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‘Brands have to add to the experience for my viewers’ says SB.TV’s Jamal Edwards

By Ben Titchmarsh | Director of Partnerships

March 29, 2015 | 5 min read

Brand partnerships with recording artists must be meaningful and avoid gimmickry to succeed according to leading lights of the UK music industry.

Speaking on the ADARA Stage in the Newsroom at Advertising Week Europe on a panel entitled ‘Are Brands the Saviours of the Music Industry, or Just a Quick Fix?’ Jamal Edwards, CEO of SB.TV said:“When I work with brands it has to add to the experience for SB.TV viewers. Brands allow me to access bigger locations, better cameras. I do it if I can make it a part of my audience’s lifestyle. I’m up for it if it’s done in the right way.”

Discussing the value brands can derive from partnering with hot British talent, Jamal Edwards, who was attending Buckingham Palace to accept an MBE said: “Up and coming artists don’t have the same ROI for brand partnerships as an artist like Ellie Golding. However a big campaign showcasing 12 fresh artists over a few weeks is a lot more of a building process. When I did the Puma thing it was viewed as a success. I know what’s right and wrong for me personally.”

Also speaking on the panel was Bob Workman, VP of Brand Partnerships at Warner Music. He touched on how brand partnerships increasingly provide an invaluable revenue stream for the music industry, which has been severely affected by digital disruption in recent years.

Bob Workman said: “Brand partnerships definitely add to the bottom line for artists, but the degree to which it adds to the bottom line can really vary. A touch of celebrity helps brands get cut through with audiences they want to reach. We don’t work with brands and artists in all cases, but we always bring it to the table.”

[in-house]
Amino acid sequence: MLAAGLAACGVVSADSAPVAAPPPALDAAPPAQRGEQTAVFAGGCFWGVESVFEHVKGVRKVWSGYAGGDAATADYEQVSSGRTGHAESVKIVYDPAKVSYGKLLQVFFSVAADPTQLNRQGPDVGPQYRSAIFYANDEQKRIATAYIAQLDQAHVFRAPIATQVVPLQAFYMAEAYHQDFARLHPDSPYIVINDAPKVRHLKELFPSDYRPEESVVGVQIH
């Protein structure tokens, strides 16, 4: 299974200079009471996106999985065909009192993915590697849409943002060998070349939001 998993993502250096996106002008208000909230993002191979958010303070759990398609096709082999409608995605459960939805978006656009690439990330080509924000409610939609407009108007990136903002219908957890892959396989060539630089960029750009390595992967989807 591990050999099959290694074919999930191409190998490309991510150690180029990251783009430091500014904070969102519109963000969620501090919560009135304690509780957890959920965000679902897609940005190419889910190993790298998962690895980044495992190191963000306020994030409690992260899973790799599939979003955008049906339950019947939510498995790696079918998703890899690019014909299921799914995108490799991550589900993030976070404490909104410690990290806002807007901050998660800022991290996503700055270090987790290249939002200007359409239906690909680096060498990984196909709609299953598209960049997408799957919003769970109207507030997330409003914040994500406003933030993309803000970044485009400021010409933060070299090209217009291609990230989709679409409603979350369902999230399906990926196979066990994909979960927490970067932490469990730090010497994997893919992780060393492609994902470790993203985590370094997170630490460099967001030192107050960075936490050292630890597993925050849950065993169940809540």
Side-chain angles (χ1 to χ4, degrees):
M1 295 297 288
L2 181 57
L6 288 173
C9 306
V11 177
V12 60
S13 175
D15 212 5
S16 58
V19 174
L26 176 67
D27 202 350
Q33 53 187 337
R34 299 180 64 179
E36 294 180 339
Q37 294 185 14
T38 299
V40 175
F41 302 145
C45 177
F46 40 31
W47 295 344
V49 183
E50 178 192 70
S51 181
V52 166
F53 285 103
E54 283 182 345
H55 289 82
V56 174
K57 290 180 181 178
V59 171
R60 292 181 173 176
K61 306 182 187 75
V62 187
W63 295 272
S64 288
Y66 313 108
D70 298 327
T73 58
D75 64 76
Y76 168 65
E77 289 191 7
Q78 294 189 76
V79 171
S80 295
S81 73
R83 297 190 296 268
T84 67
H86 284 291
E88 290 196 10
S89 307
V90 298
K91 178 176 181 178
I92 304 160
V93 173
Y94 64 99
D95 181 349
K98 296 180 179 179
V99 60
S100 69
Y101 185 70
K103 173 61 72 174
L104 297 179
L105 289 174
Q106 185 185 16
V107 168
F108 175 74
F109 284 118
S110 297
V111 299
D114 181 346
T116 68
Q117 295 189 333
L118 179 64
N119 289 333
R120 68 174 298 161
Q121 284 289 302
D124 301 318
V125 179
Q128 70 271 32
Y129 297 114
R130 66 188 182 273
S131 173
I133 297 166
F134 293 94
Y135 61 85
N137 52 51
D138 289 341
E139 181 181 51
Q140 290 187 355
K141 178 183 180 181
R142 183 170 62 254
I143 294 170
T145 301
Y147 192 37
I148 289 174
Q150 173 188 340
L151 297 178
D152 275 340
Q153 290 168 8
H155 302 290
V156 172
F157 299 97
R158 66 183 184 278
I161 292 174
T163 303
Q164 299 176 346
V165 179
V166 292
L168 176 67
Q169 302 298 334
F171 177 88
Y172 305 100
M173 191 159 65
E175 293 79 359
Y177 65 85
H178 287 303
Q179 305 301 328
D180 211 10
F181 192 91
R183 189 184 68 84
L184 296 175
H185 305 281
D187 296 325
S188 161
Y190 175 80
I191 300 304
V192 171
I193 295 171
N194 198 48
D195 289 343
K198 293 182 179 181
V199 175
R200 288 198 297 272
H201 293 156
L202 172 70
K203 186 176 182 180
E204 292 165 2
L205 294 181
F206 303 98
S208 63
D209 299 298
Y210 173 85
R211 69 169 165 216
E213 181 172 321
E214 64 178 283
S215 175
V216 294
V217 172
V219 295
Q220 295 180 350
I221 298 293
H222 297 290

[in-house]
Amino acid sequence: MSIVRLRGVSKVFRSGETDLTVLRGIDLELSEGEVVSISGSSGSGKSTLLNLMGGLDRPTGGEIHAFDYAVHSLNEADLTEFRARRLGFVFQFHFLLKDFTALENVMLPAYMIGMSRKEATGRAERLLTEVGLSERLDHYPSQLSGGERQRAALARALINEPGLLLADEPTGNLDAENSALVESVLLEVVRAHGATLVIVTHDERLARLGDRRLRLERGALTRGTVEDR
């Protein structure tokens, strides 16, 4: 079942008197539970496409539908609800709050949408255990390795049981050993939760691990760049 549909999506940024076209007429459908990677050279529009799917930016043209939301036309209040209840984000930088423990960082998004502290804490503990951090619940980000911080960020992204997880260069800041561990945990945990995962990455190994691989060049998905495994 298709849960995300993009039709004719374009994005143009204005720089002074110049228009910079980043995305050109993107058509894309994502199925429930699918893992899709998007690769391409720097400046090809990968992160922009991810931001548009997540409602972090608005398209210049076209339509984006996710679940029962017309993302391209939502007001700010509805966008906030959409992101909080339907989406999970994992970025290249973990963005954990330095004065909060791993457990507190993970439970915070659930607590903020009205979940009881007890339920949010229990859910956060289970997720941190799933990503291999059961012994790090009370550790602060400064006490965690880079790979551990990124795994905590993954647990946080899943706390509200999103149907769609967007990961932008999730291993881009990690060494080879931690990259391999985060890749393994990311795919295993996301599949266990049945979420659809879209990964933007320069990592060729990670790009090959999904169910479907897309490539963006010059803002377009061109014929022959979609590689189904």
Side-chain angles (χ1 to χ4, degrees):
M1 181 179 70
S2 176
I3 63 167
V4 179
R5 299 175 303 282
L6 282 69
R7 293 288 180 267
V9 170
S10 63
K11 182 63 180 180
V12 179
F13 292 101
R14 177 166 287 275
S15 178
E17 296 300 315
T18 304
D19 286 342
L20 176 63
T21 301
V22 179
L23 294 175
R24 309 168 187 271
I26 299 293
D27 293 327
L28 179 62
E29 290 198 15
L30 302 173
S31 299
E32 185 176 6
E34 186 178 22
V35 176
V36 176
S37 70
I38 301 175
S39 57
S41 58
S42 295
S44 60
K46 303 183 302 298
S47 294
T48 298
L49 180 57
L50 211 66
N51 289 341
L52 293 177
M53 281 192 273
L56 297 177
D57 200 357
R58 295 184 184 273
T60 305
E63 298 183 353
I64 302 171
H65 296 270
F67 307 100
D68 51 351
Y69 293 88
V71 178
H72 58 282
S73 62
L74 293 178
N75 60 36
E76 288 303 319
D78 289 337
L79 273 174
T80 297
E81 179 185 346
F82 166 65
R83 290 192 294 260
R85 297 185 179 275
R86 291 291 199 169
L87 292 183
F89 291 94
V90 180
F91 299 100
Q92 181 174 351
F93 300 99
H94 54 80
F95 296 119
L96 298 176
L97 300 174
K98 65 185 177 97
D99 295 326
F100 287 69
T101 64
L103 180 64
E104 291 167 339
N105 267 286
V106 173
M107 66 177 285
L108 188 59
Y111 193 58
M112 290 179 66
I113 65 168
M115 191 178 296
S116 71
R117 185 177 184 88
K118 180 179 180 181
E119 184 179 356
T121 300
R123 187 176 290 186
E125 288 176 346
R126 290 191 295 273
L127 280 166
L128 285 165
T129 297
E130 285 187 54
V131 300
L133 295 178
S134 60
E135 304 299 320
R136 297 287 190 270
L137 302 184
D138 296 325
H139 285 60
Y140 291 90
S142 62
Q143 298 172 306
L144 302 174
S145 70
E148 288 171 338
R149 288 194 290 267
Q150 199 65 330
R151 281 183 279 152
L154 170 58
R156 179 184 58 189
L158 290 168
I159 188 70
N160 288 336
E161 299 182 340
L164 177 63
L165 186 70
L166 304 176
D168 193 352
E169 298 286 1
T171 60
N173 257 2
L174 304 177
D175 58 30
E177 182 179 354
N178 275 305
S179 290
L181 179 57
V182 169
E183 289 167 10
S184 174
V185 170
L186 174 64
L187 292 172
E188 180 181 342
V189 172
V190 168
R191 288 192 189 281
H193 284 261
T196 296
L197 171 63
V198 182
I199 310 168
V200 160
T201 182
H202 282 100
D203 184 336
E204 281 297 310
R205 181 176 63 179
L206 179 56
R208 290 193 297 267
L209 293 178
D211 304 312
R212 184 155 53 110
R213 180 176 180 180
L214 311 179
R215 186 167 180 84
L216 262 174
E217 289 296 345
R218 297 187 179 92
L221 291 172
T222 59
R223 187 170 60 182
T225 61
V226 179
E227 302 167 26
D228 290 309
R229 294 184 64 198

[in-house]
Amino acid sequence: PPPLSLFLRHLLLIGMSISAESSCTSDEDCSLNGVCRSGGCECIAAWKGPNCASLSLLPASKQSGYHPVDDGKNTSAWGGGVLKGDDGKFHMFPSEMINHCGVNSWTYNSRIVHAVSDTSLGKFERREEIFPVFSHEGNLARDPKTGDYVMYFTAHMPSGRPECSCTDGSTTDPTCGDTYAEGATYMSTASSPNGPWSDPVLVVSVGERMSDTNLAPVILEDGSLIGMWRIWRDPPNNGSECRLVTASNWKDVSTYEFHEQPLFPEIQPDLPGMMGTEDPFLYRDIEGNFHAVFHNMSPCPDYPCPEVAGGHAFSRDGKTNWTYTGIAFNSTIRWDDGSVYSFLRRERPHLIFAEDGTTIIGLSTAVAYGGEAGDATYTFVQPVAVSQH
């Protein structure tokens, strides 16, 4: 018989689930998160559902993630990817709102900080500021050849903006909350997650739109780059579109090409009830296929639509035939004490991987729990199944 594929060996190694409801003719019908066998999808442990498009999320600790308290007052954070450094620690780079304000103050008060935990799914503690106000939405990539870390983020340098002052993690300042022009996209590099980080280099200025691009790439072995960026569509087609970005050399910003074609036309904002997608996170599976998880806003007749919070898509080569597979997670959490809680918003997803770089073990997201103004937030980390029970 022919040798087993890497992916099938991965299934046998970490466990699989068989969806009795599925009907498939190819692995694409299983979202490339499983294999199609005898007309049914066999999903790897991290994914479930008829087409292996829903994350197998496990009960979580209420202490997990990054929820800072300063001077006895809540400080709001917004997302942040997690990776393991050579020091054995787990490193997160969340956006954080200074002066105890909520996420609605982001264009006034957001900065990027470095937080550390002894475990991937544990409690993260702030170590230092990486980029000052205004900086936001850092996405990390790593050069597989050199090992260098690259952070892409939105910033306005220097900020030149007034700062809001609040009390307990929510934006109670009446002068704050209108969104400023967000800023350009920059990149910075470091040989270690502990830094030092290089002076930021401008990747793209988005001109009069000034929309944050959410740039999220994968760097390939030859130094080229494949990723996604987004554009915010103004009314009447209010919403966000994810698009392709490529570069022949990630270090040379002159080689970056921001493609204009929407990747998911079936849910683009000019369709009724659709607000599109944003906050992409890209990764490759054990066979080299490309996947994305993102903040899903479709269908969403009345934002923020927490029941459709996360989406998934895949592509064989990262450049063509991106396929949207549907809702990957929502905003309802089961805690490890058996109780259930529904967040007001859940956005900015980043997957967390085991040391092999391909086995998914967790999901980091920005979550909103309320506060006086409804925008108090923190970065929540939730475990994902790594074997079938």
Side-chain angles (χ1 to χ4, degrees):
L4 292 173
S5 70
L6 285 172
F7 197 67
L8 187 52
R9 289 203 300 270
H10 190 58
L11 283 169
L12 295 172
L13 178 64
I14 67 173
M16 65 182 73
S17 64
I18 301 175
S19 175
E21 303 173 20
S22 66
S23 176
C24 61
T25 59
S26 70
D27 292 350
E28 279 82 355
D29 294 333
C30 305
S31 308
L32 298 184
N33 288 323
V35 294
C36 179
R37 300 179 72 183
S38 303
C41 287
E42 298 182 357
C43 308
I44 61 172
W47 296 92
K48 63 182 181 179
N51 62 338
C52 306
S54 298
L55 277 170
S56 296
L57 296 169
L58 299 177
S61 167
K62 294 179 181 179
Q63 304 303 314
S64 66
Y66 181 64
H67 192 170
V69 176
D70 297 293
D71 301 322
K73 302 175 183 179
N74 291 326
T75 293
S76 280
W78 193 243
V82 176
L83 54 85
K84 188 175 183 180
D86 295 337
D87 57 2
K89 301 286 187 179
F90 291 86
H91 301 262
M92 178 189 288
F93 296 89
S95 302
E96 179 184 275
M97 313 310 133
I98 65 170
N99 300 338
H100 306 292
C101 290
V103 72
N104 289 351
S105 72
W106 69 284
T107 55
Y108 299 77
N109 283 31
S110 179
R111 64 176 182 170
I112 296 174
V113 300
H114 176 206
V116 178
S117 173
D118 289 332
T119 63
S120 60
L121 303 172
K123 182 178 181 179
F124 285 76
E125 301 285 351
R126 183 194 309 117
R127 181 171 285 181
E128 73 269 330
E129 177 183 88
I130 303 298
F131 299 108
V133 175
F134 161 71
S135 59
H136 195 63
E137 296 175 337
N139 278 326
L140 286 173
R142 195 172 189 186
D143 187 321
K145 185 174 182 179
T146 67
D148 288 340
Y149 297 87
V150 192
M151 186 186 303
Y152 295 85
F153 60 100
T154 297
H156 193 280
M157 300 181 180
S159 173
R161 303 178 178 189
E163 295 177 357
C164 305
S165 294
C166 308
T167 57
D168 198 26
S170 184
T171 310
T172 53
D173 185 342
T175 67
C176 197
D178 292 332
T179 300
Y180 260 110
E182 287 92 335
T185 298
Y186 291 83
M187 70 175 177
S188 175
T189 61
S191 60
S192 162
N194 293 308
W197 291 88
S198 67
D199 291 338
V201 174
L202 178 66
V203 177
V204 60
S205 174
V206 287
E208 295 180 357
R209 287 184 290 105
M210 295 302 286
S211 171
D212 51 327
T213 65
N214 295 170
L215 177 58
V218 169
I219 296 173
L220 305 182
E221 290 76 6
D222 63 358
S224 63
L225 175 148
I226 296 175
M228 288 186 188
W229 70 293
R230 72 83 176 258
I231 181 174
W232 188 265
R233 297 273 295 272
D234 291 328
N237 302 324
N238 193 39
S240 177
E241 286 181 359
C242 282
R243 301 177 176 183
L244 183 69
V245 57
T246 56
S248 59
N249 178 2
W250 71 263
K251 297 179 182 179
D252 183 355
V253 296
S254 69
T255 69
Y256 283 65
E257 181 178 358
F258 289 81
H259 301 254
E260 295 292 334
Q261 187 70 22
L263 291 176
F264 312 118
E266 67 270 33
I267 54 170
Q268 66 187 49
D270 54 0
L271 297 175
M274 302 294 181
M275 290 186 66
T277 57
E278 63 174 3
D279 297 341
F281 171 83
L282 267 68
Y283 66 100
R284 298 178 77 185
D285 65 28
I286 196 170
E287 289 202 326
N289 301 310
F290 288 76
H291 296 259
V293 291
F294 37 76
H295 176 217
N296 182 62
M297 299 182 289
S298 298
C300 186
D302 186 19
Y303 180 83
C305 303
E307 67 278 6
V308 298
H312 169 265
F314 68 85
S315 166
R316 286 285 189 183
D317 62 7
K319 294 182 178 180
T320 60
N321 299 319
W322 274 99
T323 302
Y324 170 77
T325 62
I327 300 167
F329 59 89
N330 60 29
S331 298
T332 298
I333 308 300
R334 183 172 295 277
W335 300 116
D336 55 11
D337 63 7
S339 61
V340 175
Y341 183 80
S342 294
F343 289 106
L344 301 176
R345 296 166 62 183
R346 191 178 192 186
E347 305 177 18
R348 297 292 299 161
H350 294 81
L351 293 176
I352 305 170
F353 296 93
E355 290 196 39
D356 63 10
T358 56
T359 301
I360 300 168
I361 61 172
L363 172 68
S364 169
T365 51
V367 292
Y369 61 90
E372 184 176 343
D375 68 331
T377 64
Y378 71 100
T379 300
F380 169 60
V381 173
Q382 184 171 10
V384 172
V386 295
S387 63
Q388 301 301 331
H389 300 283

Analysing the process behind paring brands with bands, Bob Workman said: “Gut feel on what fits is important, but pretty much every decision we make is underpinned by data these days. Rights are not overly complicated, but we’re trying to make it easier. As an industry, we’re a lot better at making brand partnerships work than we were a few years ago.”

Chairing the panel, Mike Mathieson CEO of specialist entertainment marketing business Harmonic said: “The music industry has undergone radical transformation as consumption models have shifted through the decline of physical and digital sales and the rise of streamed and subscription models. This has left the industry underfunded to reach consumers in traditional ways and created a growing market place for brand involvement.”

Harmonic created Advertising Week Europe Microsoft wrap party headliners Rudimental’s ‘gig in the sky’ for Virgin Atlantic and worked with a number of high profile artists and brands. In recent times they have brought together Mark Ronson and Coca Cola, Rihanna and River Island, Kylie and Evian and Jay Z and 50 Cent with Reebok. They also helped create the One Direction fragrance.

Mike Mathieson said: “Brands are percolating every element of the music industry to create greater saliency, credibility and reach. In 2014 the music industry passed the £100m mark of brand investment in music. Couple that with the shrinking budgets for music marketing, Artists can no longer rely on chart positions alone to propel fame and are having to diversify, particularly when it comes to brand partnerships.

“Artists command enormous fan bases across their social profiles, they are media channels in their own right.”

Asked about how SB.TV viewers felt about music industry brand partnerships, Jamal Edwards said: “As you get the media hyping product placement in the music industry, fans are now like ‘Oh my God, how much did you get paid to have that champagne in the video!’ But it’s nothing new – wanting to be seen as successful has always been a part of Hip Hop culture. Beats by Dre and what not showed the next evolution for the music industry. I can see the comments and know if it’s successful or not successful. If people don’t call it as too blatant, it’s a winning formula!”

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